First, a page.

This guest post was written by Kerry Byrne, Ph.D., the founder of The Long Distance Grandparent. Every week, Kerry shares practical ideas and inspirations for nurturing strong relationships with your grandchildren.
Recently, I was preparing a presentation for a group of long-distance grandparents. I must admit, this is one of my favorite things to do because I get to share tons of ideas about staying connected – and I can’t help but think about all the meaningful interactions that will occur between grandparents and grandchildren as a result.
Miles don’t matter when it comes to love.
But as I went through my slides, I realized I was missing something critical in my presentation. It’s one of the least discussed aspects of long-distance grandparenting: The emotional complexity of long-distance grandparenting.
A Mix of Joy and Sadness
How can it be a mix of joy and deep sadness all in the same moment?
It can feel like your heart will burst with joy in one moment, only to be reduced to a puddle of tears in the toy section at Walmart in another moment. You can feel bursts of pride about the life your son or daughter has created for themselves and your grandchildren – and at the same time feel your heart breaking in two each time you video chat because it reminds you of how far away they are and how you don’t get to be the grandparent you want to be.
There is no one way to feel about grandparenting from a distance because all your situations are different. For instance, some of you are dealing with major time zone differences, while others aren’t because they only live a few hours away. Still, the parents don’t seem to prioritize the relationship which makes it extra tough to stay connected.
The challenges that exist vary widely and this can all contribute to the complexity.
The emotions ebb and flow and can become particularly intense right before a visit, or right after a visit. It can feel so good to have spent time together and at the same time feel as though your grandchildren take a piece of your heart with them each time they leave, or you leave them.
Since starting The Long Distance Grandparent, I’ve heard from thousands of long-distance grandparents who share everything from off-the-charts joy to feelings of loss, grief, and irrelevance.
The Long Distance Grandparent
I’ve built The Long Distance Grandparent slowly and steadily, by really listening to long-distance grandparents about what they want and need and how it feels to grandparent from a distance.
The Long Distance Grandparent is a community and a carefully curated source of support that helps grandparents (and their families) embrace the possibilities and manage the realities of grandparenting at a distance.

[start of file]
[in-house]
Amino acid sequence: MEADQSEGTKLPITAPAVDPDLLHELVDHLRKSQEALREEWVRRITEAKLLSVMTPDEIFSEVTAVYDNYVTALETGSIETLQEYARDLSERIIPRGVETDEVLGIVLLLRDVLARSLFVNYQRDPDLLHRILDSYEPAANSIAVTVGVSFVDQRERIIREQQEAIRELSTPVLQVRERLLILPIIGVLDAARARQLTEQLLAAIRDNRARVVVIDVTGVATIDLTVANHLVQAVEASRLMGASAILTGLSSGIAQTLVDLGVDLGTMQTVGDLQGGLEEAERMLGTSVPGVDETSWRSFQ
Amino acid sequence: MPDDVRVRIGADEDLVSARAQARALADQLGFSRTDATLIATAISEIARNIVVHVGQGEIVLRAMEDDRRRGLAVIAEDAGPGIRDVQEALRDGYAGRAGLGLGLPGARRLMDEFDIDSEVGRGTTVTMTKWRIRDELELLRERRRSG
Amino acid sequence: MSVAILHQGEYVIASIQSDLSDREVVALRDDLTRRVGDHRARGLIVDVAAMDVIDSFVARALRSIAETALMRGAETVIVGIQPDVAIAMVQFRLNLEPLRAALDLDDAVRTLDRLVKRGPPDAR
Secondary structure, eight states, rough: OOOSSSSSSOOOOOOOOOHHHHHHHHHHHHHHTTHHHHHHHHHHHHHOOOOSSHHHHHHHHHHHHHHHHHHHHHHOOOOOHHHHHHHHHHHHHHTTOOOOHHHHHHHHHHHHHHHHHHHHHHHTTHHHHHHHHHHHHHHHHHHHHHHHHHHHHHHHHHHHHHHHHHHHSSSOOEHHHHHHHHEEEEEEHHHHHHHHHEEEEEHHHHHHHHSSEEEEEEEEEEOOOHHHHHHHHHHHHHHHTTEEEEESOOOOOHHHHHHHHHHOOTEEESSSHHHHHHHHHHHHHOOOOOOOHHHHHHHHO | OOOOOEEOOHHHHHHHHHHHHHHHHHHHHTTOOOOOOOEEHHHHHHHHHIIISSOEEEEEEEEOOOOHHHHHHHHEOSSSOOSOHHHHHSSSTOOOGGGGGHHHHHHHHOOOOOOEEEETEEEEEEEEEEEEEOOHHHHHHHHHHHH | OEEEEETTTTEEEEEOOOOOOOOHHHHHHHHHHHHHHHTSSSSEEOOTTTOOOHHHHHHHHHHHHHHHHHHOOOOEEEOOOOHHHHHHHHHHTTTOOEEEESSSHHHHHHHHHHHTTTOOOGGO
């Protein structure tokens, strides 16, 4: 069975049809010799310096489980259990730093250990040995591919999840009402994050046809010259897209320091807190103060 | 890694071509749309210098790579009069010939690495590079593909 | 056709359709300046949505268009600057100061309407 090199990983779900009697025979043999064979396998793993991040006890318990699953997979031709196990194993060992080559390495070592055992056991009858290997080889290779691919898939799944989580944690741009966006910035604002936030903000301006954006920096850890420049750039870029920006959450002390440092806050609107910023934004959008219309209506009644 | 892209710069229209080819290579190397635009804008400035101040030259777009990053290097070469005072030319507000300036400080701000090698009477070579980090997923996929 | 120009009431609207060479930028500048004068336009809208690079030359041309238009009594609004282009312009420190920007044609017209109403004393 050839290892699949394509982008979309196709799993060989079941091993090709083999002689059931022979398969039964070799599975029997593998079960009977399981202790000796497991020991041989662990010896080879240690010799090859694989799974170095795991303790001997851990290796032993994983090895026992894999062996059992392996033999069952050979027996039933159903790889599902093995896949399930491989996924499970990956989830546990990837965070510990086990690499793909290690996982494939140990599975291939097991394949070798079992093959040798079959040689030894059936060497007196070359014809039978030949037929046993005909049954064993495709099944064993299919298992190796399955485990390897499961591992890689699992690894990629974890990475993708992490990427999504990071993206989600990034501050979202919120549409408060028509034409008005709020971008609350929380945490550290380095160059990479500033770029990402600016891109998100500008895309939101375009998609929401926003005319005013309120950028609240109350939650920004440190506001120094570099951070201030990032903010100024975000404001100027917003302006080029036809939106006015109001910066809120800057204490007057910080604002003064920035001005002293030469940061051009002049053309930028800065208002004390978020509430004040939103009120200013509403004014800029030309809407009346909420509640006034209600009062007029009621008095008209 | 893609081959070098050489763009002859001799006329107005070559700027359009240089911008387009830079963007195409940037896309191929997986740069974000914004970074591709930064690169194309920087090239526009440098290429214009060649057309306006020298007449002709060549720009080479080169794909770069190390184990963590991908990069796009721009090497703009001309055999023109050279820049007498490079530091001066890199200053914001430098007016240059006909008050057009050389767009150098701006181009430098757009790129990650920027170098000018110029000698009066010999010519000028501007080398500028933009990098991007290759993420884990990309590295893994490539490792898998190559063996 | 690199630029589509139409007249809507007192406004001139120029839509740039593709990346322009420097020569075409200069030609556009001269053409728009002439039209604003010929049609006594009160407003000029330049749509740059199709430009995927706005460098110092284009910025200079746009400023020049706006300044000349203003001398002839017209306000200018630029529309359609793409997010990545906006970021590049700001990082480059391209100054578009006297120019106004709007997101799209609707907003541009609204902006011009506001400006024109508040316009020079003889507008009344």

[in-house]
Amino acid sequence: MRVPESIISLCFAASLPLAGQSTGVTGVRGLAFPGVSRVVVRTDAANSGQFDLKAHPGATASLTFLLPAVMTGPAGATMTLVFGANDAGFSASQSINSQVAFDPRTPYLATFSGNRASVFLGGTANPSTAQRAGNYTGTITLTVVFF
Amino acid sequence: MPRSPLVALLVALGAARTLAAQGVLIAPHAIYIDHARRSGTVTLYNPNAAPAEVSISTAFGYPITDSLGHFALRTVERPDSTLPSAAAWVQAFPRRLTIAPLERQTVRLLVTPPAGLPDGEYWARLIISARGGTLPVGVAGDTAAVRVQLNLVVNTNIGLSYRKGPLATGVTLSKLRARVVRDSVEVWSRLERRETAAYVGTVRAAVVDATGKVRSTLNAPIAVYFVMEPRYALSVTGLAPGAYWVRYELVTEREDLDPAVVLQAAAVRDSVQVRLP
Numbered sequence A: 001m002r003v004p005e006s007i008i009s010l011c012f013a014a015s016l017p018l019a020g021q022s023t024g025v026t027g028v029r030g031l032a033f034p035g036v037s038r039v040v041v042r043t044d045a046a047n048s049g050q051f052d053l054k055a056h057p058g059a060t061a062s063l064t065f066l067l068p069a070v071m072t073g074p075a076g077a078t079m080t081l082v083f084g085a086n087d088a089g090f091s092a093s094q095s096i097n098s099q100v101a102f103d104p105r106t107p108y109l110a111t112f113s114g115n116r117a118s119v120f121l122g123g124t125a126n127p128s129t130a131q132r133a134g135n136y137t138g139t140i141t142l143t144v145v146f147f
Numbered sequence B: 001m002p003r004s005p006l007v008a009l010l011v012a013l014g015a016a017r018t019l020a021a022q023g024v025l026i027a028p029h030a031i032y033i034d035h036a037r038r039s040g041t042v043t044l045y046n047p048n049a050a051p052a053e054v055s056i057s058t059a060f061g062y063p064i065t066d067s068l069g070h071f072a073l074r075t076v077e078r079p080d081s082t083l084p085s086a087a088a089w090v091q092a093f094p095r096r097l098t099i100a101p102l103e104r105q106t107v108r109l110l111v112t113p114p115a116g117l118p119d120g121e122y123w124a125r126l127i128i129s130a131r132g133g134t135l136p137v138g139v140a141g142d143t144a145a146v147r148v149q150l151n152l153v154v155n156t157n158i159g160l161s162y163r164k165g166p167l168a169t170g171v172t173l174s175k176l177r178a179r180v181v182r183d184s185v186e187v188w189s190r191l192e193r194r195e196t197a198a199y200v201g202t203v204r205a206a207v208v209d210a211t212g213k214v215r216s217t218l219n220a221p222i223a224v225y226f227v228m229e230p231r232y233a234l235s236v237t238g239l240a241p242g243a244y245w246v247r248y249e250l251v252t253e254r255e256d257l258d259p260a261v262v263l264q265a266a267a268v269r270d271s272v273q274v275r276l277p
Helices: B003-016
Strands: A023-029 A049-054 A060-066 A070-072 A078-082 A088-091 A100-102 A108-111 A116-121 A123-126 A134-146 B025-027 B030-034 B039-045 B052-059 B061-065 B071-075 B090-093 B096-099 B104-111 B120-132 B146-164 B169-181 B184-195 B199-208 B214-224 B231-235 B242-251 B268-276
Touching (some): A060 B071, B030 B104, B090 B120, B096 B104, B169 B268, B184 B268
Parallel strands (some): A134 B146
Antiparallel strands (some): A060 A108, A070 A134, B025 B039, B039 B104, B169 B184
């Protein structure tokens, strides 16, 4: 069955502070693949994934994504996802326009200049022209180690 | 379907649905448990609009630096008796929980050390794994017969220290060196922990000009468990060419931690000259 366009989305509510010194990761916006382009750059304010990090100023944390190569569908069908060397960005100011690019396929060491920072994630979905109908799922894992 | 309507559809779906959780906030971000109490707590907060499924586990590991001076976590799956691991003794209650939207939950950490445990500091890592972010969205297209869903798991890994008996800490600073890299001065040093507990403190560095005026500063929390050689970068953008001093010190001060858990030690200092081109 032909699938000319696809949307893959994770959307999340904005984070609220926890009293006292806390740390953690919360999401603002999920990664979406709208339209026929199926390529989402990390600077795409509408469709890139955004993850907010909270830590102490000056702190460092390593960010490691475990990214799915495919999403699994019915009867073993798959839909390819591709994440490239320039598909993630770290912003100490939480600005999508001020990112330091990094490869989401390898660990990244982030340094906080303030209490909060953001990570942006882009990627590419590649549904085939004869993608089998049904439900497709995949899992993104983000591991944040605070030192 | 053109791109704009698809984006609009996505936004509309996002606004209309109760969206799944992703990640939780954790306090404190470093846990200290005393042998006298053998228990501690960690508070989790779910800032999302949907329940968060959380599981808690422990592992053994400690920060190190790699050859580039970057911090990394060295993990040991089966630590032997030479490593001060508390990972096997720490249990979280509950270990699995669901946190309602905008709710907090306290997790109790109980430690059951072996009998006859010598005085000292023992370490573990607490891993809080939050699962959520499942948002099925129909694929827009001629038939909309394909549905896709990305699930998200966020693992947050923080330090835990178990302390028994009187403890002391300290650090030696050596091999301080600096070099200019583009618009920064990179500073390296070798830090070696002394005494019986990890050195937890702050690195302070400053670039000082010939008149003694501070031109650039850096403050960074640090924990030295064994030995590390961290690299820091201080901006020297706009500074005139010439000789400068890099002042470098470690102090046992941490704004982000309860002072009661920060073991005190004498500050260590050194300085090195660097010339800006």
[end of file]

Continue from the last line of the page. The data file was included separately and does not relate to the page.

One of these realities is that grandparenting is likely not going to be what you envisioned or how you want it to be – but what I’ve come to understand is that distance doesn’t have to mean distant.
But you will likely need to work harder to nurture a relationship. It requires planning and preparation and overall, a willingness to immerse yourself in the role with intentionality.
You don’t have the benefit of seeing your grandchild each week so some behind-the-scenes work is necessary to work on the relationship when you can’t be in the relationship.
So, when the chips are down, please remember that each moment makes a difference. Each moment contributes to your grandchild feeling emotionally closer to you.
A moment can be your grandchild opening a piece of mail from you, a quick and silly video sent to them wishing them luck before a job interview, or a text reminding them each Friday about something fantastic about themselves.
And while these moments can feel one-way and sometimes a bit lackluster, especially if you don’t hear back from them (or the parents), it is still a moment.
Through each communication, you make your grandchild feel a certain way – loved, missed, encouraged, supported – and ultimately these moments send the vital message that miles don’t matter when it comes to love.
Note: If you’d like to read more about the grief experienced by long-distance grandparents and a few strategies you can use to cope, you can read Kerry’s blog post: How to cope with the grief and sadness of long-distance grandparenting.